March 19th, 2010 #9
March 19th, 2010 #10
iven: Thanks! I believe it a little more every time someone says so!
Waipunga: Thanks for the kind words. And I agree, it's definitely time to move on. Can't wait get to the next project.
March 23rd, 2010 #11Registered User
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- Vancouver, B.C. Canada
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Christopher. You look like you may have some sort of dermatitis, brought on initially by some chemical in the clay or the clay it's self. You weren't clear, is it now happen when just immersed in water alone? Hairdressers and engineering trades are also highly susceptible to get dermatitis, working with chemicals and unfortunately have to wear rubber gloves from there on. I'm one those people and have been living it for the last 10 years, so I know what it's like to deal with. Get yourself to a doctor.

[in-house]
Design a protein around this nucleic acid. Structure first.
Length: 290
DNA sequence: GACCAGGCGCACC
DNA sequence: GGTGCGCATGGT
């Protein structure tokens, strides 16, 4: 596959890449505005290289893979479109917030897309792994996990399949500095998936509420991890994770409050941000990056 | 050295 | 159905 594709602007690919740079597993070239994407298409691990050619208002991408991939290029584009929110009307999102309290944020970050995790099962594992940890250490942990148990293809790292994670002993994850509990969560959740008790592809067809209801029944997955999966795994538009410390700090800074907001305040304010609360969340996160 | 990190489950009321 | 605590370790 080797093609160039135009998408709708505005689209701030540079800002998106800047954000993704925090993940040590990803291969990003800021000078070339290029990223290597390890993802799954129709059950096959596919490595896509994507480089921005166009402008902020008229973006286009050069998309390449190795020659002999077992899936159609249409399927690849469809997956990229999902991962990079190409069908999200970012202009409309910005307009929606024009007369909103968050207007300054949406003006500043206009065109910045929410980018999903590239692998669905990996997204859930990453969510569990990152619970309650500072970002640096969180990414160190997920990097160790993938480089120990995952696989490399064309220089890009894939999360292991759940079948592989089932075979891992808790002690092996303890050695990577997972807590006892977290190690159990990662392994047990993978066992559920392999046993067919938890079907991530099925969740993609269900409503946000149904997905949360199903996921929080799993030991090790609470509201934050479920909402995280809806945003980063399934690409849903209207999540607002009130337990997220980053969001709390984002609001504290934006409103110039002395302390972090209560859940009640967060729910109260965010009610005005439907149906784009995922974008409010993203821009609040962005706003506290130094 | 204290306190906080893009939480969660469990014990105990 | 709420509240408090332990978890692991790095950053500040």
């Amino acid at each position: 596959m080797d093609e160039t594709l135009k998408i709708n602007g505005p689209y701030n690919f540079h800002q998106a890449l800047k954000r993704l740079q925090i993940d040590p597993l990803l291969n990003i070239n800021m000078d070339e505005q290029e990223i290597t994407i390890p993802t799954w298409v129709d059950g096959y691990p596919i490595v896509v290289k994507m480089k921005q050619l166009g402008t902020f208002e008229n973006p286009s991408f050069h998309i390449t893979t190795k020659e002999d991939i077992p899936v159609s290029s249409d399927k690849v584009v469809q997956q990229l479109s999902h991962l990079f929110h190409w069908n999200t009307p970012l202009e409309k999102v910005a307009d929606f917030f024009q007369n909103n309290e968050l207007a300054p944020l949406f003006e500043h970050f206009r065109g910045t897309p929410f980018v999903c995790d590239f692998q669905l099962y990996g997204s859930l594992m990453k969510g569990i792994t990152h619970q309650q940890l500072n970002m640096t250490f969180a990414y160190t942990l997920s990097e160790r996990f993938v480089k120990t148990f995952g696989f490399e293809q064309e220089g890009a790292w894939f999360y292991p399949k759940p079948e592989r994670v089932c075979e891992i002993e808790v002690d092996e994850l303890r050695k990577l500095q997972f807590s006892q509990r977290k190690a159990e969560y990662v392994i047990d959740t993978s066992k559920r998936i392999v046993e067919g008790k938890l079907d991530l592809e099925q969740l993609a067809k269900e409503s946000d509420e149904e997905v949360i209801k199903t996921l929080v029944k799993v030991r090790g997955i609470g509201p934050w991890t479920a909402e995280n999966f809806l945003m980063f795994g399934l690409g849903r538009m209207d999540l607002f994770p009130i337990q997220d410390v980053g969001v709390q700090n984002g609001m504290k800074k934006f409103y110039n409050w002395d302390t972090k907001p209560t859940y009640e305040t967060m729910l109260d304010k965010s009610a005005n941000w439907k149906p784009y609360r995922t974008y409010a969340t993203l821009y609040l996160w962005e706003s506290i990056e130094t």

The only other thing I can suggest is Barrier cream or gloves. Search and see if there is a barrier cream that doesn't wash of in water. Gloves: for what you do, probably not any use, but I think there is ultra thin ones similar to tattooists use, that still have some senstivity while wearing them. Made of latex or nitrile.
March 23rd, 2010 #12
Good advice. I'll probably will get to a dermatologist if it turns out I'm the only sculptor on this forum that has encountered this problem. I've done a few searches online and I've discovered other people describe the same phenomenon. I suspect it might have to do with damage done from over-using the pumice stone, I experimented with using it only on one hand and it seems to accomplish nothing in the long-term. Could be I need to toughen these mitts again with some new callouses. Thanks again.
Thoughts, any one else?
March 23rd, 2010 #13
Very interesting thread so far. I learned quite a bit from reading it. The Uncanny Valley article was quite interesting. I hope that stuff with your hands is nothing serious. Oh and the sculpture looks very impressive too!